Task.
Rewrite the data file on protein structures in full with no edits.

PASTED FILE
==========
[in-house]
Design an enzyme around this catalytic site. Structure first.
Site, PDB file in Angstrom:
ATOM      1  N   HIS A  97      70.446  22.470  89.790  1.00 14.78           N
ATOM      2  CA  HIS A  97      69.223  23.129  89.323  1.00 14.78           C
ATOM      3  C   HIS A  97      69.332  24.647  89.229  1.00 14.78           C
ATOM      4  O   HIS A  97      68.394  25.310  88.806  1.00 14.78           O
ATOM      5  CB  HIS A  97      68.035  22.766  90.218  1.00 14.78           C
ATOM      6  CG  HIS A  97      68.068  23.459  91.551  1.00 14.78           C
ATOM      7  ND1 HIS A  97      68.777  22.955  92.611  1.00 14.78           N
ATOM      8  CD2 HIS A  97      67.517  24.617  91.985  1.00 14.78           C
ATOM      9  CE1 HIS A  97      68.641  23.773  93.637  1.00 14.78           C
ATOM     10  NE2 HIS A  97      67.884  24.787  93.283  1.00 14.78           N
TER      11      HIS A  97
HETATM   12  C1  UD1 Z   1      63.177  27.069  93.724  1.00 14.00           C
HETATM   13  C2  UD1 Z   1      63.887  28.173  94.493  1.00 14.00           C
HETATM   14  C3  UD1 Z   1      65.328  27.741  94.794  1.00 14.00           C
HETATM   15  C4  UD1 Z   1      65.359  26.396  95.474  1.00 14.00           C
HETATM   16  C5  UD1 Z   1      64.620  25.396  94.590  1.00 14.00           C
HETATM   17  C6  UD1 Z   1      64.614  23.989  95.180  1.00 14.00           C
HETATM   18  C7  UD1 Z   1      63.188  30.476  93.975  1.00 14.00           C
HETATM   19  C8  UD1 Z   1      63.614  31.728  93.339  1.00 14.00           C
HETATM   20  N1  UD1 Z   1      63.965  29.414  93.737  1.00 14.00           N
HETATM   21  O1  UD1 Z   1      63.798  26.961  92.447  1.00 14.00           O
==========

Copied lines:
[in-house]
Design an enzyme around this catalytic site. Structure first.
Site, PDB file in Angstrom:
ATOM      1  N   HIS A  97      70.446  22.470  89.790  1.00 14.78           N
ATOM      2  CA  HIS A  97      69.223  23.129  89.323  1.00 14.78           C
ATOM      3  C   HIS A  97      69.332  24.647  89.229  1.00 14.78           C
ATOM      4  O   HIS A  97      68.394  25.310  88.806  1.00 14.78           O
ATOM      5  CB  HIS A  97      68.035  22.766  90.218  1.00 14.78           C
ATOM      6  CG  HIS A  97      68.068  23.459  91.551  1.00 14.78           C
ATOM      7  ND1 HIS A  97      68.777  22.955  92.611  1.00 14.78           N
ATOM      8  CD2 HIS A  97      67.517  24.617  91.985  1.00 14.78           C
ATOM      9  CE1 HIS A  97      68.641  23.773  93.637  1.00 14.78           C
ATOM     10  NE2 HIS A  97      67.884  24.787  93.283  1.00 14.78           N
TER      11      HIS A  97
HETATM   12  C1  UD1 Z   1      63.177  27.069  93.724  1.00 14.00           C
HETATM   13  C2  UD1 Z   1      63.887  28.173  94.493  1.00 14.00           C
HETATM   14  C3  UD1 Z   1      65.328  27.741  94.794  1.00 14.00           C
HETATM   15  C4  UD1 Z   1      65.359  26.396  95.474  1.00 14.00           C
HETATM   16  C5  UD1 Z   1      64.620  25.396  94.590  1.00 14.00           C
HETATM   17  C6  UD1 Z   1      64.614  23.989  95.180  1.00 14.00           C
HETATM   18  C7  UD1 Z   1      63.188  30.476  93.975  1.00 14.00           C
HETATM   19  C8  UD1 Z   1      63.614  31.728  93.339  1.00 14.00           C
HETATM   20  N1  UD1 Z   1      63.965  29.414  93.737  1.00 14.00           N
HETATM   21  O1  UD1 Z   1      63.798  26.961  92.447  1.00 14.00           O